Ocean Youth participant and passionate ocean warrior, 14 year-old Isla Barry from Mountain Creek with Australian female sea lion, Teiko.
Ocean Youth participant and passionate ocean warrior, 14 year-old Isla Barry from Mountain Creek with Australian female sea lion, Teiko. Patrick Woods

Mentoring program helps kids turn passion to action

THE question for Isla Barry, 14, was never "if" she would fight for the rights of wild animals and their habitats, but "how".

Living close to the ocean, Isla said she had always wanted to help "keep it healthy for my generation and my children's generation" but a youth program at Sea Life Sunshine Coast was giving her tips and tools to take action.

Isla is one of 70 young people to participate in Sea Life Sunshine Coast's Ocean Youth program.

"It's a really great way to get involved and get our voices heard," Isla said.

"When we're all together, we realise the impact we can have together."

Ocean Youth has seen a more than fivefold increase in participation, from 13 last year to 70 this year, and facilitator Mathew Lynn wants to see 100 kids in next year's cohort.

The program is run by Sea Life Sunshine Coast's non-profit wing, Sea Life Trust, and has grown "hugely" in popularity over the last year.

With monthly four-hour workshops on themes from turtle and shark conservation to reef clean-ups, the youngsters are provided plenty of food for thought.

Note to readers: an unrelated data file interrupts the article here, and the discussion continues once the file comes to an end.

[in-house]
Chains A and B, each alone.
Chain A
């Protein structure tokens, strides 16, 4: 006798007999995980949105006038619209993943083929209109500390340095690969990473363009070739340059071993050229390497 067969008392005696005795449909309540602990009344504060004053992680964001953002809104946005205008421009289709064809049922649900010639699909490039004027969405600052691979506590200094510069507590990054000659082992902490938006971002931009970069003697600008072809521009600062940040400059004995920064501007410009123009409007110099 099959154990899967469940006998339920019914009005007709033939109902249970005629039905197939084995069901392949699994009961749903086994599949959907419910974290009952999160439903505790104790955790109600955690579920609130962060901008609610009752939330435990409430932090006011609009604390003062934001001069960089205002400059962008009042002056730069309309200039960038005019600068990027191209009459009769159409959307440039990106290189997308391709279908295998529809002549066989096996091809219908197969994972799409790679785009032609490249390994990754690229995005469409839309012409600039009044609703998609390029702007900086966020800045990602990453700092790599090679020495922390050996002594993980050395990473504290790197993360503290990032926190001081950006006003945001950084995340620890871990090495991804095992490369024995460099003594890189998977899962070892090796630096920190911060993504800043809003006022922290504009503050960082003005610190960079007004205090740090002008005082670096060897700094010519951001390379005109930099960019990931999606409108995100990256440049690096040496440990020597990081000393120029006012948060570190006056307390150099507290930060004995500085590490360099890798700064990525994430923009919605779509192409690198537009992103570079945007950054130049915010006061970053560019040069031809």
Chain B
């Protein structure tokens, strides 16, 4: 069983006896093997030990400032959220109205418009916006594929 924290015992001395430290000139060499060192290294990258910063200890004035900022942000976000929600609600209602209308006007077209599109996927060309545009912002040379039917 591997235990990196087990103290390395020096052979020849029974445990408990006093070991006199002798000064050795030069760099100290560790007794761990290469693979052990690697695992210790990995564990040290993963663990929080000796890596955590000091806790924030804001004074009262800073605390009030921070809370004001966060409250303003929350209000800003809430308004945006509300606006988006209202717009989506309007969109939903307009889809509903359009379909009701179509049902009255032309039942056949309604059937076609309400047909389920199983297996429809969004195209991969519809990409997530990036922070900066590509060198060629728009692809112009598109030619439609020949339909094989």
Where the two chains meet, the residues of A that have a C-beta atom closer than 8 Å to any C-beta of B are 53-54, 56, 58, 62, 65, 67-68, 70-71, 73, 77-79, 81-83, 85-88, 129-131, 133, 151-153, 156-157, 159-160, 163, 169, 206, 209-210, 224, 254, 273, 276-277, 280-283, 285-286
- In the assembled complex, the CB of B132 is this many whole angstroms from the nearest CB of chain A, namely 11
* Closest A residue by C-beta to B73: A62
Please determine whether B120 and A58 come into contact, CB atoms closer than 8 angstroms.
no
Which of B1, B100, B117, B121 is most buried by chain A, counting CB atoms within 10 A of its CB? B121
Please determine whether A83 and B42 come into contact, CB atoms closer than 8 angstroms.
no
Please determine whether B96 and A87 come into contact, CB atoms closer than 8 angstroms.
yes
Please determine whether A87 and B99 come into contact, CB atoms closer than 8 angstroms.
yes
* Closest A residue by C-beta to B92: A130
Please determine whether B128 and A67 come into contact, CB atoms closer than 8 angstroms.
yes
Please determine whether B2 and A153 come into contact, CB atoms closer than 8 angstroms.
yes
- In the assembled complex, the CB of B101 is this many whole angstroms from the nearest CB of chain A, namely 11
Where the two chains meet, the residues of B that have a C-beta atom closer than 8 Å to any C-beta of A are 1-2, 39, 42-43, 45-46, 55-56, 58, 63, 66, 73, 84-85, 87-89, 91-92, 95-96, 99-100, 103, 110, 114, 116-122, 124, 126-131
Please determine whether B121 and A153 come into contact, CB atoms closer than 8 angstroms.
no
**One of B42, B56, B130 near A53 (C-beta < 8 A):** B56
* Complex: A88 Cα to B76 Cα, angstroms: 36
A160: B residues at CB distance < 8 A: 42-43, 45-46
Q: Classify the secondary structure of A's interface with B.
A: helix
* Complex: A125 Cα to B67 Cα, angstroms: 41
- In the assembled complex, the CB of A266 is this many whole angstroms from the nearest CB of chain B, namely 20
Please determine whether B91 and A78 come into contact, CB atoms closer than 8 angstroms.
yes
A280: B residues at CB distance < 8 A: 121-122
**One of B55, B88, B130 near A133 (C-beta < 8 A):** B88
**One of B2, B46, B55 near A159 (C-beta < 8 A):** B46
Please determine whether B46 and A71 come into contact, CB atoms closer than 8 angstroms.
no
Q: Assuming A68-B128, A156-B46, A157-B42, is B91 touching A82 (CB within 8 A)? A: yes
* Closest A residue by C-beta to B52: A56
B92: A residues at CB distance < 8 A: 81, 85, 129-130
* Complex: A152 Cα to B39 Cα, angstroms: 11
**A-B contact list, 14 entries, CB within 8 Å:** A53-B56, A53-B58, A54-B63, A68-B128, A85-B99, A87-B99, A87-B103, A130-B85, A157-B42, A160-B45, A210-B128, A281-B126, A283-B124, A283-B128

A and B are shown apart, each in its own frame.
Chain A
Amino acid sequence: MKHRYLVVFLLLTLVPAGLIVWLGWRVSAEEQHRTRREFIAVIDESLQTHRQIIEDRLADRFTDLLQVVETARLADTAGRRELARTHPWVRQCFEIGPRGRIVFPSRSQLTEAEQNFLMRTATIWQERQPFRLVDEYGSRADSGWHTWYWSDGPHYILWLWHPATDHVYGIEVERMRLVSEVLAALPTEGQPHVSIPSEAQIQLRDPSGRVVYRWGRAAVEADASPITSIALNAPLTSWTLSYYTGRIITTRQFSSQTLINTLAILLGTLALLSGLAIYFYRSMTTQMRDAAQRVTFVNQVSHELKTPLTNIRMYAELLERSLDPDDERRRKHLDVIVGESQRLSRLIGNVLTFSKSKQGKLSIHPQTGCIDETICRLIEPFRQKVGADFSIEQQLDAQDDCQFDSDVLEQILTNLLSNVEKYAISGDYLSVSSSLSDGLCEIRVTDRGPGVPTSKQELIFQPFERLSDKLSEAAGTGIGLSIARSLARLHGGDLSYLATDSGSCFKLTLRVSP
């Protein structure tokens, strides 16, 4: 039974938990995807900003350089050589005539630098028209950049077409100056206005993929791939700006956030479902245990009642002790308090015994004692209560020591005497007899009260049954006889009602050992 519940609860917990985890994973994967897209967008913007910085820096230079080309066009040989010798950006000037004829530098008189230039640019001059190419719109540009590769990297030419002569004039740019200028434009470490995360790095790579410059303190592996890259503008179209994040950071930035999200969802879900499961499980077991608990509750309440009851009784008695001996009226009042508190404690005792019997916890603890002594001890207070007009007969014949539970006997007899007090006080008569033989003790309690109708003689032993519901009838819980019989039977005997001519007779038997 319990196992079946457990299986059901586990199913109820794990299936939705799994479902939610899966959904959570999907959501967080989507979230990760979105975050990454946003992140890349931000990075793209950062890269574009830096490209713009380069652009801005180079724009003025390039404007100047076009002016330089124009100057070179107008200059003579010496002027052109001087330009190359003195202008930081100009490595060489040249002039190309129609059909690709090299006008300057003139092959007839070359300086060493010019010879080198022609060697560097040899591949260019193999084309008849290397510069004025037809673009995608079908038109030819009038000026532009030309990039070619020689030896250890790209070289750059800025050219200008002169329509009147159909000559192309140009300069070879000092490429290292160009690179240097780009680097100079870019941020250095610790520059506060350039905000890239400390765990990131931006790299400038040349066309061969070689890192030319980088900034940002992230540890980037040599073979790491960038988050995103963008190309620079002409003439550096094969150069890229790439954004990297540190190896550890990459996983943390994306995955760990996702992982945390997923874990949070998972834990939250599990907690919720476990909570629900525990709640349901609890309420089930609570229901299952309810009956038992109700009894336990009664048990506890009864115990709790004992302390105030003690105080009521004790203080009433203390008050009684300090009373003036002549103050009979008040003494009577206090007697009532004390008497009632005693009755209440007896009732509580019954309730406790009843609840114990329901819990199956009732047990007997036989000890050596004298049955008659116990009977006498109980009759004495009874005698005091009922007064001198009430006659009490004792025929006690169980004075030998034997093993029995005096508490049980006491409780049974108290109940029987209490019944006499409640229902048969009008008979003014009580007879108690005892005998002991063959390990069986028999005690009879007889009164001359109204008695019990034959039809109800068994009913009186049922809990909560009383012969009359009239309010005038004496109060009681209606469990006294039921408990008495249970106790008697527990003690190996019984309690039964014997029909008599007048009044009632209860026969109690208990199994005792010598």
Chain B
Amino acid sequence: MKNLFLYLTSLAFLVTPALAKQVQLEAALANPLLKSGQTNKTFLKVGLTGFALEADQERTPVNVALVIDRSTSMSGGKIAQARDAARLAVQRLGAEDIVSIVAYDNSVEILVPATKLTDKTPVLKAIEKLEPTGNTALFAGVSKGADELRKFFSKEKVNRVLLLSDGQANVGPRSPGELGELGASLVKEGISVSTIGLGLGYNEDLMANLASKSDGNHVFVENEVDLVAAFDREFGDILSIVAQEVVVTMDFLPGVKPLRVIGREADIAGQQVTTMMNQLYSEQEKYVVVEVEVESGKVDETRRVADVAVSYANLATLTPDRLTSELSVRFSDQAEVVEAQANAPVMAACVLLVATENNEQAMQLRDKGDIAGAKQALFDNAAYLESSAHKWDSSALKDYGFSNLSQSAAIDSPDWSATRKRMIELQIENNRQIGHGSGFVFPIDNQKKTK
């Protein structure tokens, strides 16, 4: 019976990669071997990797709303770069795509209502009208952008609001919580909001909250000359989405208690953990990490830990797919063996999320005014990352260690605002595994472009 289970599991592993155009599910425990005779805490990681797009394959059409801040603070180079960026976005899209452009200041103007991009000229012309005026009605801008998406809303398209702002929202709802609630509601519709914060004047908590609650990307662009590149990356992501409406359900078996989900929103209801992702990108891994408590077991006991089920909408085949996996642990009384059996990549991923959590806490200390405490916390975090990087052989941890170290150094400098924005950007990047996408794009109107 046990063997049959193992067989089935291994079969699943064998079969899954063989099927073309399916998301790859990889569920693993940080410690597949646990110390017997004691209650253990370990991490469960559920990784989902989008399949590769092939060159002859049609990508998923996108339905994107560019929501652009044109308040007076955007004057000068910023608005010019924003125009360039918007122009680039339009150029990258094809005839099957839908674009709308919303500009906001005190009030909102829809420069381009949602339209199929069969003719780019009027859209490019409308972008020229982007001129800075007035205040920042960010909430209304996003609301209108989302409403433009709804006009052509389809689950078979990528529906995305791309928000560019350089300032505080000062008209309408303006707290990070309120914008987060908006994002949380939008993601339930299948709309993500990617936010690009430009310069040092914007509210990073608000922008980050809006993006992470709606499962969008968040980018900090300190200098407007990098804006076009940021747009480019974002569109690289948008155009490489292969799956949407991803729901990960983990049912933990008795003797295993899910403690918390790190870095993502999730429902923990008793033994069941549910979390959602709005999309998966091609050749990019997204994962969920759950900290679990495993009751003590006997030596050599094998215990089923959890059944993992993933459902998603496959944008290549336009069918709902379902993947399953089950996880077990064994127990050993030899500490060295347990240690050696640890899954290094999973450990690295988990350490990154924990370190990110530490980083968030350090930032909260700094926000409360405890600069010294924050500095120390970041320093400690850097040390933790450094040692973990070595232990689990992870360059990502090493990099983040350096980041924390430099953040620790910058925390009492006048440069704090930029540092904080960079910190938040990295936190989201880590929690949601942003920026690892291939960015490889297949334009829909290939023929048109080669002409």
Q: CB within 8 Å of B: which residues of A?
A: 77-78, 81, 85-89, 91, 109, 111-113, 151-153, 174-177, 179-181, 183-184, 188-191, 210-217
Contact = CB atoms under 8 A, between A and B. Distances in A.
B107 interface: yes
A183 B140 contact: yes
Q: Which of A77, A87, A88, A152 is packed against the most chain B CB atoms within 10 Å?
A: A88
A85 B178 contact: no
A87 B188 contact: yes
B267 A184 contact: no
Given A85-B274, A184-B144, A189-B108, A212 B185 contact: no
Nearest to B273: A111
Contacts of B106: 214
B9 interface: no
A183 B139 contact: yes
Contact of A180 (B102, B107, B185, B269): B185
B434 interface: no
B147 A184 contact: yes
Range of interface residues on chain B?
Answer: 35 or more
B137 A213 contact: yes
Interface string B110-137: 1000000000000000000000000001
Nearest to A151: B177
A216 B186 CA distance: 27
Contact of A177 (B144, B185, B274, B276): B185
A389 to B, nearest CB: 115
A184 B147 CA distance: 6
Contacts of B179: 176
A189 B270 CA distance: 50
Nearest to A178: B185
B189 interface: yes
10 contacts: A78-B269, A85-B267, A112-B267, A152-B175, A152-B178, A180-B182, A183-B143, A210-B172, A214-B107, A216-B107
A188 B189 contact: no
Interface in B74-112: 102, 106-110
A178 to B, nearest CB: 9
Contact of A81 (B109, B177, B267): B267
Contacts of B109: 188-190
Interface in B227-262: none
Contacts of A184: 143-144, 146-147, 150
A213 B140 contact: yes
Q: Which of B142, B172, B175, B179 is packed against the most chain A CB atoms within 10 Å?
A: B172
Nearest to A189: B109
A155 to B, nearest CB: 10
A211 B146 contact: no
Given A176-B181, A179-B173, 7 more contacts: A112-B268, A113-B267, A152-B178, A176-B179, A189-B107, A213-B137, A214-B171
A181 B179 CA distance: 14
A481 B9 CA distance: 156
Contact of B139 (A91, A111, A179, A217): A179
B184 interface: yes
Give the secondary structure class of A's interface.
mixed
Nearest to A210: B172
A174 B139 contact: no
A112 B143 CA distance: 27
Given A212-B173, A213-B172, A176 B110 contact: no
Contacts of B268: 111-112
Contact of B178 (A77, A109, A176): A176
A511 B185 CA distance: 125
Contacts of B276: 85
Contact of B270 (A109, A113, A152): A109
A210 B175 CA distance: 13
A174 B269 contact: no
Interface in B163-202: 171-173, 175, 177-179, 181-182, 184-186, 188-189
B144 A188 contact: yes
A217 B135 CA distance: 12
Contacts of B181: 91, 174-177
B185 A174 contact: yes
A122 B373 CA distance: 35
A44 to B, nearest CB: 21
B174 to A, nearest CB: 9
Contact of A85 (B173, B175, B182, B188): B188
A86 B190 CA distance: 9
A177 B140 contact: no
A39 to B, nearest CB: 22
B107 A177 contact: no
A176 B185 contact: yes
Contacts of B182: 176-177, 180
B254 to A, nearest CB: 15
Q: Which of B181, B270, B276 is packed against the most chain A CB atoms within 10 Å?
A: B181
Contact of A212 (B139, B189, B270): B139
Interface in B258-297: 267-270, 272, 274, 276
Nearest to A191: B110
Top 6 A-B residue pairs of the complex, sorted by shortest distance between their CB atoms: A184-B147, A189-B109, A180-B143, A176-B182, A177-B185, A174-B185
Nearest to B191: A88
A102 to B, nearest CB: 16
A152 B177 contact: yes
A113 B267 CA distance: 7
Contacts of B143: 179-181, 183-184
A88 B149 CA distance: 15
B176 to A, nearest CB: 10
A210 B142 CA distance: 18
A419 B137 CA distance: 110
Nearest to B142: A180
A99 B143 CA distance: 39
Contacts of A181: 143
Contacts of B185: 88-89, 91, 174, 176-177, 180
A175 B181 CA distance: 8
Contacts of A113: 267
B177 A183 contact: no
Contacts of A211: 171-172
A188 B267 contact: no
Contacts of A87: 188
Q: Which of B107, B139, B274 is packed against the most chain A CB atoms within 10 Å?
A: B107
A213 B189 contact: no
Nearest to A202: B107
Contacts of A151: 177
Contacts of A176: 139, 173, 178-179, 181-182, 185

But the teen participants also have impressive knowledge of their own, Mr Lynn said.

One 13-year-old girl, who travels from Brisbane to attend, has even contacted 180 schools asking them to stop using plastic straws in tuckshops because of the damage of plastics to marine life.

"These kids, they love the program and they love being heard. They've got great ideas," Mr Lynn said.

"We focus on the conservation side of it and empowering the kids to go out into their communities and take action."

He said rather than an education program, Ocean Youth was more about mentoring, and "helping them get the confidence to go into their communities and speak in their communities".

The cost is $250 per year, with some discounts soon to be available for youngsters who can't afford to pay, Mr Lynn said.

For more information visit www.oceanyouth.org.



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